In this post, you’ll find the definition of the user interface content, its characteristics, as well as the four groups of UI content elements for websites and apps.
What is the user interface content?
If you’re asking yourself this question, you’re in the right place.
In this post, you’ll find answers to this and four other questions:
- What is the user interface (UI)?
- Which are the characteristics of UI content?
- How many groups of its elements exist?
- Why UI content looks more like a patchwork than a collage?
Would you like to get the answers to all of these questions and learn more about the user interface content?
In that case, keep reading!
Table of Contents
What is the user interface (UI)?
The user interface is the medium through which a user interacts with a machine (software).
A machine can be a computer, mobile device, GPS, web page, desktop application, mobile application, etc.
Users can carry the interaction out in two ways, by way of:
- Voice – When we pronounce a question and receive an oral answer.
- Text – When we write a question and receive a written answer.
However, the interaction between users and machines doesn’t limit to asking questions or receiving answers.
It encompasses different actions, from filling out a web form to clicking a link to navigate a website, display a menu or perform an installation.
What are the characteristics of UI content?
To prevent users from getting frustrated while communicating with a digital product, we should offer them both help and support.
For instance, if a user is about to install an application on their mobile device, our job is to provide instructions and explain which steps to follow.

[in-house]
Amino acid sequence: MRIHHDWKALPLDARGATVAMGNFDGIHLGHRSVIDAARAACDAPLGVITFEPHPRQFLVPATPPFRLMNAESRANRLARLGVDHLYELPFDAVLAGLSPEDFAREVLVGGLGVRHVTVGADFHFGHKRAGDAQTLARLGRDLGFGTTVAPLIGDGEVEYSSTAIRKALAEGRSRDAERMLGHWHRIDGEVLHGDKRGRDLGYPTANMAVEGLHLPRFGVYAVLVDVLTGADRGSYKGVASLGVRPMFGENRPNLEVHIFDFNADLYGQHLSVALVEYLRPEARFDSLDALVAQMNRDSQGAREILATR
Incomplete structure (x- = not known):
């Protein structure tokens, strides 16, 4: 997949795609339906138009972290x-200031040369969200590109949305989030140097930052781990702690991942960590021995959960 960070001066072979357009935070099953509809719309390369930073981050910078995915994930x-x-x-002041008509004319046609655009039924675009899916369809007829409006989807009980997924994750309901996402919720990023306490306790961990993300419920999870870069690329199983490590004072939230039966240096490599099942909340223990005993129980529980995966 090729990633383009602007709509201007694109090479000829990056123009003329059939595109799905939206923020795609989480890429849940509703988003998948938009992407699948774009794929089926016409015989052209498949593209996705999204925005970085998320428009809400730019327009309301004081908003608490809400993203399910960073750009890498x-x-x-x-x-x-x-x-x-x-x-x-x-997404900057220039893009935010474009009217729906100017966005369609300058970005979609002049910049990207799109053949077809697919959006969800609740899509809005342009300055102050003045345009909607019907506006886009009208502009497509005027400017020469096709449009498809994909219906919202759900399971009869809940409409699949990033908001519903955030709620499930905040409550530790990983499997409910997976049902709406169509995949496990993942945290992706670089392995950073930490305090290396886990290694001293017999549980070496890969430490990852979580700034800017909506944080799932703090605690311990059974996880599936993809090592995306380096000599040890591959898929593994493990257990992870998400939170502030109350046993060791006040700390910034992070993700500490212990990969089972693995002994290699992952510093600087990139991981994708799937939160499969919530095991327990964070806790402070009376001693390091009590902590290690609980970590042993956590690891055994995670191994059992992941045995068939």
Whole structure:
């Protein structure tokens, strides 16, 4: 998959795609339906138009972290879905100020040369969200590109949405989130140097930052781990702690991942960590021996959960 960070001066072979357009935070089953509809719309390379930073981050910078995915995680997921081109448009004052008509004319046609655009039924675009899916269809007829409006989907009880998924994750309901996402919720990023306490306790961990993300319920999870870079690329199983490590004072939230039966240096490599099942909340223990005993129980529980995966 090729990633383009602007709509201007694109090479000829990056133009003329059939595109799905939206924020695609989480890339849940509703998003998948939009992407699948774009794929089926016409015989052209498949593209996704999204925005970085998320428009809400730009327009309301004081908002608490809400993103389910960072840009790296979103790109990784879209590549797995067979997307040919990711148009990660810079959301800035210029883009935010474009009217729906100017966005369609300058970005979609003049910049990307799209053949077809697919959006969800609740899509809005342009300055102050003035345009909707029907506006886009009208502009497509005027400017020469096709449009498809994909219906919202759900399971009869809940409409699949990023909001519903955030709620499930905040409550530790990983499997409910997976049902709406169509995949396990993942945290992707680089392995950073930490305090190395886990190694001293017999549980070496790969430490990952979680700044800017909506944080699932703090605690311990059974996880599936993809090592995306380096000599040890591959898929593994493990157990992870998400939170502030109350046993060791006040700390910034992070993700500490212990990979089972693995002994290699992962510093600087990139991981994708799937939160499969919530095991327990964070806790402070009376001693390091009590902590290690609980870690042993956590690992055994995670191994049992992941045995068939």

To accomplish that, we need UI content.
User interface content (UI content) is the type of content that forms part of a user interface and represents a response to a user’s action.
The goal of UI content
The goal of UI content is to improve the user experience within the interface.
For UI content to improve the user experience, it needs to be informative, straightforward, and user-friendly. In other words, the content should meet the following three requirements:
- Information – The content should inform users where they are and what the next step in the process is.
- Straightforwardness – It should also follow a standardised and uniform content pattern.
- User-friendliness – The last requirement is to apply the conversational and user-centred language.
Four groups of UI content elements
Moments in which the interaction between a user and a machine takes place we call touchpoints. Depending on the touchpoint, the user encounters one or another UI content element.
There are four groups of UI content elements. They correspond to different touchpoints.
In continuation, you’ll find information about the four groups of UI content elements we usually find on websites and within applications:
- Elements that guide users;
- The ones that inform users;
- Elements that simplify navigation;
- The ones that enable choice-making and data entry.
Elements that guide users
Goal: To explain to users what the next step in the process is
- Instructions – The content of instructions aims to explain to users what steps are required to complete the desired action, as well as how to carry them out.